I AM afraid that most of us are losing a fine opportunity for studying real works of art under the best possible circumstances, and this is because, in spite of a few brief notices, information on the subject is still lacking.
On a picture-stand (made after similar ones in the South Kensington Museum) which may be found in the main hall of the Library there are engravings, woodcuts, and etchings, from the Gray Collection with one exception, - fifty in all. These are specimens of Durer arranged chronologically. That is, the woodcuts ranging from 1505 - 1511 are together, and then follow the engravings commencing with the "Prodigal Son," placed with six others "before 1495," and ending with the portrait of Erasmus, 1526. The two etchings on iron were done in the same year, and hence are introduced together among the engravings.
These Durers are followed by a few samples of the Little Masters. They were men of industry and some artistic ability, who imitated Durer as far as they could, always preferring to make miniature engravings rather than larger ones. It is very amusing to pass from Durer's Melencolia to J. Behau's attempt at the same. After standing in awe before the sad glance of Durer's figure with its resting wings, that still have power to bear it through endless wandering, with the neglected implements of human science cast on the earth, and with its never-to-be-forgotten wreath, - after the feelings aroused by Durer we turn to the Little Master, and truly see what a "well-intentioned" artist he is. He gives us, reduced of course, the sphere which Durer gave; the compass shows us a wing, - but what a wing! A comparison of the wing in Behau's print with Durer's is one of the best ways of seeing what Durer really did when he exerted his earnest efforts to reproduce natural objects. But the amusing feature in Behau's Melancholy is the figure itself. For Durer's powerful presence, longing for she knows not what, we have a fat woman nearly asleep, who looks as if she had been emptied into her present position and could not wake up to move a muscle.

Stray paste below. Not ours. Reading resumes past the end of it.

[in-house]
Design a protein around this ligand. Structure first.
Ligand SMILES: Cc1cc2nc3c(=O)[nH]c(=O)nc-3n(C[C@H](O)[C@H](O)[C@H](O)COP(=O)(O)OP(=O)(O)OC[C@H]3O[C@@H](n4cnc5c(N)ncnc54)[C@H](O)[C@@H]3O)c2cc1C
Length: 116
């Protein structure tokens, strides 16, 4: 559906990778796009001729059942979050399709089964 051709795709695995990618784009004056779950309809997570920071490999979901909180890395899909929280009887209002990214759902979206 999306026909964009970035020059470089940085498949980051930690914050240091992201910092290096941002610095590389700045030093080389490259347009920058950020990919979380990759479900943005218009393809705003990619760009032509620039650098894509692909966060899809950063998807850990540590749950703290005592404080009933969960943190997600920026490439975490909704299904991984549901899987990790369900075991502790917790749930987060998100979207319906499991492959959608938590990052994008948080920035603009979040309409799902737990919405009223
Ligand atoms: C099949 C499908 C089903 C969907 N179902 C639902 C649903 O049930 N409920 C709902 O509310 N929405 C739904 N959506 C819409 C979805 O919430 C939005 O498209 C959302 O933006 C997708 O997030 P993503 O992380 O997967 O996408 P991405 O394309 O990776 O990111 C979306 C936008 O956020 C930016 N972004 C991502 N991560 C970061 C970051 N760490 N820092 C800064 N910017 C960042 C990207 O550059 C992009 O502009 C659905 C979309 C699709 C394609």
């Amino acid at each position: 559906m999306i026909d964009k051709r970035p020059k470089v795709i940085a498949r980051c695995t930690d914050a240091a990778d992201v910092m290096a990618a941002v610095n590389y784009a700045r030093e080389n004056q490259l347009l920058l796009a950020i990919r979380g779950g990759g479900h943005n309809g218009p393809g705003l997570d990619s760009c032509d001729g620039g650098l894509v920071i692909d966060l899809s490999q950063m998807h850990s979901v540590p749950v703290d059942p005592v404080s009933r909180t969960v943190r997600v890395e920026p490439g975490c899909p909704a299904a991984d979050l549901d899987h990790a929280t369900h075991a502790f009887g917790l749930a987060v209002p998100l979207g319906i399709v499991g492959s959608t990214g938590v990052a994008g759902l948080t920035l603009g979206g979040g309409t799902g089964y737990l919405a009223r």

Some of the Durers are late additions to the collection; and it certainly is far richer now than when it lacked the brilliant impression of the print variously called "The Great Fortune," "Nemesis," "Temperance in the Clouds," etc. This print gives a winged female figure in the clouds above a most charming valley. The figure, in spite of its beautiful wings, is, as a figure, one of Durer's many representations of immortal ugliness, if such an expression is allowable. Any one who is displeased by it, however, has but to look for consolation into the valley over which Fortune is floating. This is indeed fairy-land. The town reminds you of Durer's times, but the landscape awakens pleasure within you which you yourself are conscious that you have often been on the point of feeling at the sight of such smiling landscapes in reality. But at the same time you are fully aware that your pleasure was never quite this; there was always in your experience something that interfered, and which alone an artist's mind can detect and retain. This valley is by some, for unknown reasons, believed to be where Albert Durer, senior, was born; the village accordingly is named Eytas.
Among the woodcuts we have the Seven Angels of the Apocalypse, which is a most surprising and interesting print, and rewards attention; below it there is the lower half of the "Rest in Egypt," The Virgin in this picture is really beautiful, and the sporting and toiling angels are worthy of the cheerful Benozzo Gozzoli.
These remarks might be continued indefinitely, but as they are, they will fully accomplish their purpose if they lead many to look at these engravings who before did not know that they were on exhibition. This exhibition, I learn, takes the place of the former practice of opening the collection a certain number of hours every week for those who have made appointments. The new arrangement will undoubtedly please all who really wish to get from these art treasures what can be gotten by continued and undisturbed study, and what can never be obtained by satisfying a restless curiosity, which would skim over twenty prints in a time scarcely sufficient to get what there is in one. These prints will remain on exhibition for ten days longer, when they will give place to others. In general, I learn that a change will be made every month.